“For the Genesis story indicates that God expels the first couple from the Garden and from proximity to the Tree of Life only after he speaks to them this last time. And only then does Adam blame Eve for what he has done and Eve blames the serpent for what she has done (Gen. 3:12-13) – excuses and deceptions that seal God’s judgment and invite corruptible death. Since that point, say our sources, repentance alone has not been sufficient to reverse the process of corruptible death. St. Athanasius reasoned as follows: ‘Had it been a case of trespass only, and not of subsequent corruption, repentance would have been well enough; but when once transgression had begun men came under the power of corruption proper to their nature and were bereft of the grace which belonged to them as creatures in the Image of God’. The Teaching of Saint Gregory concludes, ‘For which reason. The God-seeing, holy prophets took care, like wise doctors (of faith), to prepare the medicine of cure for the pain of the illness, to remove and extirpate the scandal (of death) and destroy it completely.’ ” (Life’s Living toward Dying, pgs. 52-53)

God thus saves us from the consequences of our sin.  The consequences were a completely shattered relationship with God – we lost communion with Him.  We became separated and alienated from Him.  In giving up our union with divinity, humanity became corrupt and mortal.  God does not simply save us, but He unites Himself to us in the incarnation, becoming human in order to die.   He dies in order to go to the place of the dead to resurrect them and reunite them to Himself.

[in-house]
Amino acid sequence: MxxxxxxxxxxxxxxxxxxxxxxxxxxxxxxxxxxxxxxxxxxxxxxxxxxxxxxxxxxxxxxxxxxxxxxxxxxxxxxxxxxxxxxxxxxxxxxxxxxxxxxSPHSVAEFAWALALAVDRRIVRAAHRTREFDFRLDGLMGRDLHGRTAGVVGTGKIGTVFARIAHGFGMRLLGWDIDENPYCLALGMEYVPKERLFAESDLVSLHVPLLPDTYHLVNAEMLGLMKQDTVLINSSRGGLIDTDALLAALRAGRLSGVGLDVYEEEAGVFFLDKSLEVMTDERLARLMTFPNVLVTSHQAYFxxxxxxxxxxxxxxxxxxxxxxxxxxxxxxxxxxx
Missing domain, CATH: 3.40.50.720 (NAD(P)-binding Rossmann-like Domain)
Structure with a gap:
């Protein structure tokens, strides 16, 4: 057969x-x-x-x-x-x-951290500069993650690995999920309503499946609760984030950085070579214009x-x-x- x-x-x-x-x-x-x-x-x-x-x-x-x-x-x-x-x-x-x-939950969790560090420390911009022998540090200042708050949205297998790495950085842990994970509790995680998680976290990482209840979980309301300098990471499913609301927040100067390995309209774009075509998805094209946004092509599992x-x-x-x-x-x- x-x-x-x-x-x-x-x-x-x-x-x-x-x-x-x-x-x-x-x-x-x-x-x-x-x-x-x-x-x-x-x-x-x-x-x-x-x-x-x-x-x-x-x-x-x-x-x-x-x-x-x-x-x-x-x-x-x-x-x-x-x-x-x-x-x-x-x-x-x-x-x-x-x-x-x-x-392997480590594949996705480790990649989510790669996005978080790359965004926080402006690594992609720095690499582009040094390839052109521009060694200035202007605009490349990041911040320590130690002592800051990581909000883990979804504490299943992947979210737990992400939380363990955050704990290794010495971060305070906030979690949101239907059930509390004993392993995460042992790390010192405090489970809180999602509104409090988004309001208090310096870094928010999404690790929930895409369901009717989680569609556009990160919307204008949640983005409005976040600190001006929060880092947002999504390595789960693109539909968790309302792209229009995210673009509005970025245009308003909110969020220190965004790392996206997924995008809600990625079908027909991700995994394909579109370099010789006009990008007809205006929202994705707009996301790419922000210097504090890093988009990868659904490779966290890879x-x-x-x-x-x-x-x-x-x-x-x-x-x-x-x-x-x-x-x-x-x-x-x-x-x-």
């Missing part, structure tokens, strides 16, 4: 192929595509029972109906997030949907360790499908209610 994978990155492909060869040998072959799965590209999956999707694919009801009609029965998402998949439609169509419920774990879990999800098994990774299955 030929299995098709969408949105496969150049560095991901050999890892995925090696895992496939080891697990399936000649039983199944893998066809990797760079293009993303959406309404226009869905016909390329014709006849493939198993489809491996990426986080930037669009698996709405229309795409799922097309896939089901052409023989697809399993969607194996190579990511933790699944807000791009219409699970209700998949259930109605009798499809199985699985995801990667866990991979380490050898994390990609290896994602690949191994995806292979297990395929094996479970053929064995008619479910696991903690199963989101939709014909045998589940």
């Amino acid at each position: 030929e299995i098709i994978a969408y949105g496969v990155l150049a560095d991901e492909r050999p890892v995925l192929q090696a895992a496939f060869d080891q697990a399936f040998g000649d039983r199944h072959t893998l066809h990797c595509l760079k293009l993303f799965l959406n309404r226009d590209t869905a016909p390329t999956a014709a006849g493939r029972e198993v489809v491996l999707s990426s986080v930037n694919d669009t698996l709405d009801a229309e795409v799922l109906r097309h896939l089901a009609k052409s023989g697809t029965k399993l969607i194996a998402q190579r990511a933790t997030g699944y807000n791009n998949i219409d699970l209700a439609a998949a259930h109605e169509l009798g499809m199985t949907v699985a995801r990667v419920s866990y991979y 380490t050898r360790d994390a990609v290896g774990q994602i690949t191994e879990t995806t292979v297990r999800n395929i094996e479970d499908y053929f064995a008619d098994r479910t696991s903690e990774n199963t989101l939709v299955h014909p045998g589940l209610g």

Christ came into the world to repair the damage which human sorrow and repentance could not fix.   Christ restores our relationship to God and makes union with God possible for all humans.  Now our repentance enables us to enter into the union of God and humanity found in Christ.   Our repentance cannot undo the damage which sin does to our relationship with God – only Christ reunites us to God.   Our repentance is our entering into the reunion of God and humanity accomplished in Christ.   God achieved in the death and resurrection of His Son the salvation of the human creatures who had lost all communion with Him.  As Fr. Theodore G. Stylianopoulos says:

“The heart of God’s covenant with his people is love and mercy, not cold justice and punishment. God’s judgment always bears a remedial intent toward repentance, restoration, and salvation.” (Encouraged by the Scriptures, pgs. 190-191)

Christ Died for our Sins

In 1 Corinthians 15:1-11 St. Paul writes:

“I declare to you the gospel which I preached to you, which also you received and in which you stand, by which also you are saved, if you hold fast that word which I preached to you; unless you believed in vain. For I delivered to you first of all that which I also received: that Christ died for our sins according to the Scriptures…”